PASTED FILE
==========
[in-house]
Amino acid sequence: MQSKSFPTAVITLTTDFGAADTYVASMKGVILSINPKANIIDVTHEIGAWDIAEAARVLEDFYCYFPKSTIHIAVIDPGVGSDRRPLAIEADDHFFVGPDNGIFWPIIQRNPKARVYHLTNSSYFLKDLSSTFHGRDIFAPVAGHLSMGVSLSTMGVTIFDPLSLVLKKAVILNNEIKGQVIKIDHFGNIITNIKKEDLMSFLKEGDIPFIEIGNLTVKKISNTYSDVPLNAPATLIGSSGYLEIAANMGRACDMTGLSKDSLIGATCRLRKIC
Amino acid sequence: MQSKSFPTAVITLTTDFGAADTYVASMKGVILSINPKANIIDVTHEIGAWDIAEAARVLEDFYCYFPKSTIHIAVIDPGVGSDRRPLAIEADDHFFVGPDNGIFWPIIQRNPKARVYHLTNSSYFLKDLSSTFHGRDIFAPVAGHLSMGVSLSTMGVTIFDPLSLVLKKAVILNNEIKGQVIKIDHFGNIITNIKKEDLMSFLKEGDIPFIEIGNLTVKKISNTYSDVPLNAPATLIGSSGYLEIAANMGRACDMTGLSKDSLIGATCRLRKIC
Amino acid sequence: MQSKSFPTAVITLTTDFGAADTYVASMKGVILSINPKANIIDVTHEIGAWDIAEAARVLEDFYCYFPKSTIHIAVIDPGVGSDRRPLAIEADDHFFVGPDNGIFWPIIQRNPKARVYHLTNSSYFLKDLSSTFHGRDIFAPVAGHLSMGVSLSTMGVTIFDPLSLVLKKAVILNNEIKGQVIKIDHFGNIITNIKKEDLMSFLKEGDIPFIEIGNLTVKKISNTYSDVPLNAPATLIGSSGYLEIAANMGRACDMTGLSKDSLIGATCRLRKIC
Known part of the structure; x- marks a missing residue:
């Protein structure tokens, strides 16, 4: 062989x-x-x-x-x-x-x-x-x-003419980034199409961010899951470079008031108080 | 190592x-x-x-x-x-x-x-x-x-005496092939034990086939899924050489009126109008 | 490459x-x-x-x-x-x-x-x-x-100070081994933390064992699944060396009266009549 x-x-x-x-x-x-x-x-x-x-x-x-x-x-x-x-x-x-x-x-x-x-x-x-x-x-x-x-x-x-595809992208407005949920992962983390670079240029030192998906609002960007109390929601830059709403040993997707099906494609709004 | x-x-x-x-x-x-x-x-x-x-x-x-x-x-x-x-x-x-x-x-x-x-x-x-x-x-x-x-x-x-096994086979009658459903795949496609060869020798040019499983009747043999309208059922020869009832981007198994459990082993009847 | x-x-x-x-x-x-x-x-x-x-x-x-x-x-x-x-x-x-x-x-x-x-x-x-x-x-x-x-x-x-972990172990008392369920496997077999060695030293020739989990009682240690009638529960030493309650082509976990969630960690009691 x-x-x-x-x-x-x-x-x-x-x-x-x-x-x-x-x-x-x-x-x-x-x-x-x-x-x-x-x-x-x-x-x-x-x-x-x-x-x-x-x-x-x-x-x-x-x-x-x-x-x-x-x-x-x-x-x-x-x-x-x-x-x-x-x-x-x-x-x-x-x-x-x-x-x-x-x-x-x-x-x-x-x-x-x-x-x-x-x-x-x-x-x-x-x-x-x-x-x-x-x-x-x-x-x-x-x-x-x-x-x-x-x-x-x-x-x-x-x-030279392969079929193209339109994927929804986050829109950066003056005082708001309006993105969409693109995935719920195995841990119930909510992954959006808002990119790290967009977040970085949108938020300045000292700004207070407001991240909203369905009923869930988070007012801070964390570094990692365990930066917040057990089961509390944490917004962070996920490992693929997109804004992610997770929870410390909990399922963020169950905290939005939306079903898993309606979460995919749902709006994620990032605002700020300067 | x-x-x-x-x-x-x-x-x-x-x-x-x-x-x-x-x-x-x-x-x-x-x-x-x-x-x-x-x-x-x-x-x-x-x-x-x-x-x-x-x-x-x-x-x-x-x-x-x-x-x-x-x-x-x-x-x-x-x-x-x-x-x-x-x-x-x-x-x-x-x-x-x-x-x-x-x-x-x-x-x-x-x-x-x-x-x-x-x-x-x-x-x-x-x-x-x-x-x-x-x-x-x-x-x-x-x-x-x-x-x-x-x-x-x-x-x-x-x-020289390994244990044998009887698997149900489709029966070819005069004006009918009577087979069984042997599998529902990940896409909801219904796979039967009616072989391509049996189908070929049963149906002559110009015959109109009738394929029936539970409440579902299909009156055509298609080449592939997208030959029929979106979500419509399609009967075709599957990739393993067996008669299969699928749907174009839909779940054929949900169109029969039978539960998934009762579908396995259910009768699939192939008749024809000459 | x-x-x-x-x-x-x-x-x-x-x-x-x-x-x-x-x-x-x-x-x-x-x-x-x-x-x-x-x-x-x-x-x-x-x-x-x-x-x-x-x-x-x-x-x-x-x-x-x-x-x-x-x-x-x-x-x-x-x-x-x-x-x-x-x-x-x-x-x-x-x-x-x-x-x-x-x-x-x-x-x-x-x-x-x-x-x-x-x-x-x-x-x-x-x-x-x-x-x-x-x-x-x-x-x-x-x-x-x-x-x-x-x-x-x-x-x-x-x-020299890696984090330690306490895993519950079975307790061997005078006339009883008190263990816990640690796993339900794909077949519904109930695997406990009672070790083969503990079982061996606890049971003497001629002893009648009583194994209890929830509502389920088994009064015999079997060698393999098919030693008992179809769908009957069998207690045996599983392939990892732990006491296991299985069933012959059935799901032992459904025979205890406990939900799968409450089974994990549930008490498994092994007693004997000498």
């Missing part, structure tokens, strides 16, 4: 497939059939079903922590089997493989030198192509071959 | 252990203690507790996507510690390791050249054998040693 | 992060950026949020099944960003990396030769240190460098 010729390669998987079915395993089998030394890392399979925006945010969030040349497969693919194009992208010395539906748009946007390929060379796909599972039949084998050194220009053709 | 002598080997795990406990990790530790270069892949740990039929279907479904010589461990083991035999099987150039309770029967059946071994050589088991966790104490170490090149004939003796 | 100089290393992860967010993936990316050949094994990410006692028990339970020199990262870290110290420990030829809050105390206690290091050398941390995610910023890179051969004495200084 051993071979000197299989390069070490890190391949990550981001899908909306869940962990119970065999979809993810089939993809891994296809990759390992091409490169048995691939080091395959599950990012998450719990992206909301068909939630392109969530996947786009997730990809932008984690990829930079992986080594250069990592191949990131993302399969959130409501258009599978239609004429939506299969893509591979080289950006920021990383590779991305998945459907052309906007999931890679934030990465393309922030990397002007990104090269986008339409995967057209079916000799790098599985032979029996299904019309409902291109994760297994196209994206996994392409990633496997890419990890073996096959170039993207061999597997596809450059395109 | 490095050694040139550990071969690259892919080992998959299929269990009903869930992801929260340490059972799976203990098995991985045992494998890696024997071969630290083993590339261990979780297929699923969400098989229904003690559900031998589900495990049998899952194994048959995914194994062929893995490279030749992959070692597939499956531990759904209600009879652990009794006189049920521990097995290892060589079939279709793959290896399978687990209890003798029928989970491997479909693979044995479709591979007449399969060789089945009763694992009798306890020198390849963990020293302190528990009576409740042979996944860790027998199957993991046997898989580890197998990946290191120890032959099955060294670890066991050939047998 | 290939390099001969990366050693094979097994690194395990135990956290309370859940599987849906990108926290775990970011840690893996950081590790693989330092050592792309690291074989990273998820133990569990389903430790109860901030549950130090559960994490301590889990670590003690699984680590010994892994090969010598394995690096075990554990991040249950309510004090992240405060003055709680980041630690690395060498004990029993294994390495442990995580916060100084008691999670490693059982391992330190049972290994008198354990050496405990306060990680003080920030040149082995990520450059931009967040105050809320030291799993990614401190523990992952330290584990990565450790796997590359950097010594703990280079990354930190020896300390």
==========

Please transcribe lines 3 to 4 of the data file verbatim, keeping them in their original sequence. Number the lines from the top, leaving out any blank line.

Amino acid sequence: MQSKSFPTAVITLTTDFGAADTYVASMKGVILSINPKANIIDVTHEIGAWDIAEAARVLEDFYCYFPKSTIHIAVIDPGVGSDRRPLAIEADDHFFVGPDNGIFWPIIQRNPKARVYHLTNSSYFLKDLSSTFHGRDIFAPVAGHLSMGVSLSTMGVTIFDPLSLVLKKAVILNNEIKGQVIKIDHFGNIITNIKKEDLMSFLKEGDIPFIEIGNLTVKKISNTYSDVPLNAPATLIGSSGYLEIAANMGRACDMTGLSKDSLIGATCRLRKIC
Amino acid sequence: MQSKSFPTAVITLTTDFGAADTYVASMKGVILSINPKANIIDVTHEIGAWDIAEAARVLEDFYCYFPKSTIHIAVIDPGVGSDRRPLAIEADDHFFVGPDNGIFWPIIQRNPKARVYHLTNSSYFLKDLSSTFHGRDIFAPVAGHLSMGVSLSTMGVTIFDPLSLVLKKAVILNNEIKGQVIKIDHFGNIITNIKKEDLMSFLKEGDIPFIEIGNLTVKKISNTYSDVPLNAPATLIGSSGYLEIAANMGRACDMTGLSKDSLIGATCRLRKIC